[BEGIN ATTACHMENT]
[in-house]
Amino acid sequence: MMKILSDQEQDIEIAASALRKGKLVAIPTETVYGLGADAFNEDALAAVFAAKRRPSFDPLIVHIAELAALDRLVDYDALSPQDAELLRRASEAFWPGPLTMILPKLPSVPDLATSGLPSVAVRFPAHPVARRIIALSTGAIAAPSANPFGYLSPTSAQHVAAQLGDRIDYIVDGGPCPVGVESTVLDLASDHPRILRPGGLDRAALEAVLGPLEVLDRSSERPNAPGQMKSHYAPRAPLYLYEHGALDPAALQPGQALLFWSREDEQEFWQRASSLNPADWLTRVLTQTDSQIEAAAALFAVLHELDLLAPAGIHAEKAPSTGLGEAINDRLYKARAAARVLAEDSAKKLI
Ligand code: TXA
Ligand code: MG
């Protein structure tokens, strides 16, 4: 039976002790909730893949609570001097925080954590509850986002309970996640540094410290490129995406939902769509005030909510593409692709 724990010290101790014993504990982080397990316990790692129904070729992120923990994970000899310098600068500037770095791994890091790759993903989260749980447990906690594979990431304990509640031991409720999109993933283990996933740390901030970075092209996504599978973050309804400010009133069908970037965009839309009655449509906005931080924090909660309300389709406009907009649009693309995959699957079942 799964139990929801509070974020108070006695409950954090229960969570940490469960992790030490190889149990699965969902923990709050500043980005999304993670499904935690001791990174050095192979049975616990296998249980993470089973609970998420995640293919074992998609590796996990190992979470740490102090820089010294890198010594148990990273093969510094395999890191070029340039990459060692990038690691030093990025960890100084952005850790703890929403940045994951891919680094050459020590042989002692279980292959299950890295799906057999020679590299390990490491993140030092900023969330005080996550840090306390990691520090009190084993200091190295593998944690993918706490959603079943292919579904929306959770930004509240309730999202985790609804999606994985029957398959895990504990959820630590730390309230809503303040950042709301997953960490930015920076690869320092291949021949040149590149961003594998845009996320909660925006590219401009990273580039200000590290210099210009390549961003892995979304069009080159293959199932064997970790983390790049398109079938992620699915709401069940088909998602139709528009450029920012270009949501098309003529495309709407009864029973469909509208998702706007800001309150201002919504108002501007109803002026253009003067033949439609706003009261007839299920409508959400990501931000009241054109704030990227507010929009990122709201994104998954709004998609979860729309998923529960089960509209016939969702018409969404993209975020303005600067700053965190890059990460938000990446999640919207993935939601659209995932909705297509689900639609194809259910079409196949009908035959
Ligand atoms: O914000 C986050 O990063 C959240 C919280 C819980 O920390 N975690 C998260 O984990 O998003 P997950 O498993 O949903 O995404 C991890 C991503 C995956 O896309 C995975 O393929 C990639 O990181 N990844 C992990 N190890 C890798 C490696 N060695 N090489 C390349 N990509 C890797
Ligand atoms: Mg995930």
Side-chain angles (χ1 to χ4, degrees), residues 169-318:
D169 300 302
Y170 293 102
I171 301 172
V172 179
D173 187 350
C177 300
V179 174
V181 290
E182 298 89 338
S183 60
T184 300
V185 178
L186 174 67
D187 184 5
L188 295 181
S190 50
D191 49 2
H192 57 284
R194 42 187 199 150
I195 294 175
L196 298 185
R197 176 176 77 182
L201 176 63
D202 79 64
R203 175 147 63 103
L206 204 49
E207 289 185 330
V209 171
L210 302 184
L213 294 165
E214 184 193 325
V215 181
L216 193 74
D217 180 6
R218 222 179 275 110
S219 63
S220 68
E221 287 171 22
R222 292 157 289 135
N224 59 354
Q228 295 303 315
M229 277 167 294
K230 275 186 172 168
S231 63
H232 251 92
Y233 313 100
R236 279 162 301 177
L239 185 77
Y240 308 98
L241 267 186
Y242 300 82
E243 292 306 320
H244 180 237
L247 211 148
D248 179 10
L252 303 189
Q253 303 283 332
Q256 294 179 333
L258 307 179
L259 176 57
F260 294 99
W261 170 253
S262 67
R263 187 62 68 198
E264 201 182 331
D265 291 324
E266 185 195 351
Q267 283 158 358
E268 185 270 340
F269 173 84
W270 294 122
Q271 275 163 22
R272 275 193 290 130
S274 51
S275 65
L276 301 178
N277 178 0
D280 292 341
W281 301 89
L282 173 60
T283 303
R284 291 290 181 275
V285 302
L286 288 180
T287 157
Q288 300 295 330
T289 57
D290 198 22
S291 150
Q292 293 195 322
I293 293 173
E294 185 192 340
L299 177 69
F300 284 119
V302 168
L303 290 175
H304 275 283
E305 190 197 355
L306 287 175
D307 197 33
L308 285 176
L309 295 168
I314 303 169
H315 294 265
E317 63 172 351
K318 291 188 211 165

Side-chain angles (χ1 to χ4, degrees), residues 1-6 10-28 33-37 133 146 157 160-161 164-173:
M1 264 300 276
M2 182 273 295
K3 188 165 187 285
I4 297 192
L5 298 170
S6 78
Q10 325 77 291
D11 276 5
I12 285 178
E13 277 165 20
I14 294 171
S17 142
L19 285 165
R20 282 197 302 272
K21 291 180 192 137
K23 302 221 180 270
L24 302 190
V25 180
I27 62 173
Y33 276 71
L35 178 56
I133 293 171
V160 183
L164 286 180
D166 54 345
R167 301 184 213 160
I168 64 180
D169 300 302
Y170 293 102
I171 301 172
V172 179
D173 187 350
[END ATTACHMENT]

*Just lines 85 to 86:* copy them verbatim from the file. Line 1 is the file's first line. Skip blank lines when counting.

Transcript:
N277 178 0
D280 292 341